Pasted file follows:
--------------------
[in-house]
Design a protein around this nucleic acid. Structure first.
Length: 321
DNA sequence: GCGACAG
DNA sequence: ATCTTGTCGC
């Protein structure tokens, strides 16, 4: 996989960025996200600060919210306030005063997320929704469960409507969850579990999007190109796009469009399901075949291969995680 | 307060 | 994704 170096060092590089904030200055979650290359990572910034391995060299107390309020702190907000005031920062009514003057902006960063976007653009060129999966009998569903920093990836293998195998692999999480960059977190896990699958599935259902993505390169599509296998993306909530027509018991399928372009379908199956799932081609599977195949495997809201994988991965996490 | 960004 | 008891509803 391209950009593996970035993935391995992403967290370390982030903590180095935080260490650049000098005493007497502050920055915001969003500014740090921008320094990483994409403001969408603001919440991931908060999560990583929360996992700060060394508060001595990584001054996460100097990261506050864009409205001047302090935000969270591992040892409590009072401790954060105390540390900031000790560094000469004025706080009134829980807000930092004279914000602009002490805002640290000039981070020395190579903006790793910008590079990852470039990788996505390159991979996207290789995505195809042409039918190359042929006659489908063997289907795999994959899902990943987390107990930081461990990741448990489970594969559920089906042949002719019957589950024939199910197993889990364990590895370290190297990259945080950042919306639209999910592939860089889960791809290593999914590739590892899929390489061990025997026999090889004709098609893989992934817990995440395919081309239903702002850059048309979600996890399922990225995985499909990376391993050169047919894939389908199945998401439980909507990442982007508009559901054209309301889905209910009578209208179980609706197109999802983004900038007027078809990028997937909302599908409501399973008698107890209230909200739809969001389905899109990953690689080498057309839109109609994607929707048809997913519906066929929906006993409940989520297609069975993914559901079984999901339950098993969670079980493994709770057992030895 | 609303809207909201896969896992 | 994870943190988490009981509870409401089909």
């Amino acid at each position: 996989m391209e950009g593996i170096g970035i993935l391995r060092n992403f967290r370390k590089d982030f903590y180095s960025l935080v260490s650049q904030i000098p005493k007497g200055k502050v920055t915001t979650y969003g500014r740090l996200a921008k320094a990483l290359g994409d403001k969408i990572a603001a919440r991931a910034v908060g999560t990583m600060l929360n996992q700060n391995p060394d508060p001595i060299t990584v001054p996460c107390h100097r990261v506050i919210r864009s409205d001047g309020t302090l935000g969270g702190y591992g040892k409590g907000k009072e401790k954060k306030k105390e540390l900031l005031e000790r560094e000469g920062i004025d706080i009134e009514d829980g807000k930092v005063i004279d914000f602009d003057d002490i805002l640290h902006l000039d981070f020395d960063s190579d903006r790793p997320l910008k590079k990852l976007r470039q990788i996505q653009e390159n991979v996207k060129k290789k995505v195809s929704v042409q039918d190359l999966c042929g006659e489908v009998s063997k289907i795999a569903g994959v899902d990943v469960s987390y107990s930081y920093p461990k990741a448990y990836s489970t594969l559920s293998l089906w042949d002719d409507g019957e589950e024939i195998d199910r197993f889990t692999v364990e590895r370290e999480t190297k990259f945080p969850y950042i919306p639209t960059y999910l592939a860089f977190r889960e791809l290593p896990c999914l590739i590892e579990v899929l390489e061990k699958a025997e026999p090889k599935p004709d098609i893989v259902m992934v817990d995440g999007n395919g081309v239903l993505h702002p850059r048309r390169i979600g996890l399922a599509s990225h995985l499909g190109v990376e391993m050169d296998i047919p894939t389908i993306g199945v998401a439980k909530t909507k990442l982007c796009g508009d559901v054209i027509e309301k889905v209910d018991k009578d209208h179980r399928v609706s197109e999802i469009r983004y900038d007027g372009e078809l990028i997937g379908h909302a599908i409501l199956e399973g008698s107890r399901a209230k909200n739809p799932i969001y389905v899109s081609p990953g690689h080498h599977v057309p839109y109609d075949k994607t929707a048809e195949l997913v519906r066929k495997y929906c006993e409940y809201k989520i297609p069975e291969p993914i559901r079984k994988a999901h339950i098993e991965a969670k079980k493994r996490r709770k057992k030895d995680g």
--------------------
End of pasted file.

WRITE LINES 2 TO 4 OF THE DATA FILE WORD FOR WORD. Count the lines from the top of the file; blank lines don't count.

Design a protein around this nucleic acid. Structure first.
Length: 321
DNA sequence: GCGACAG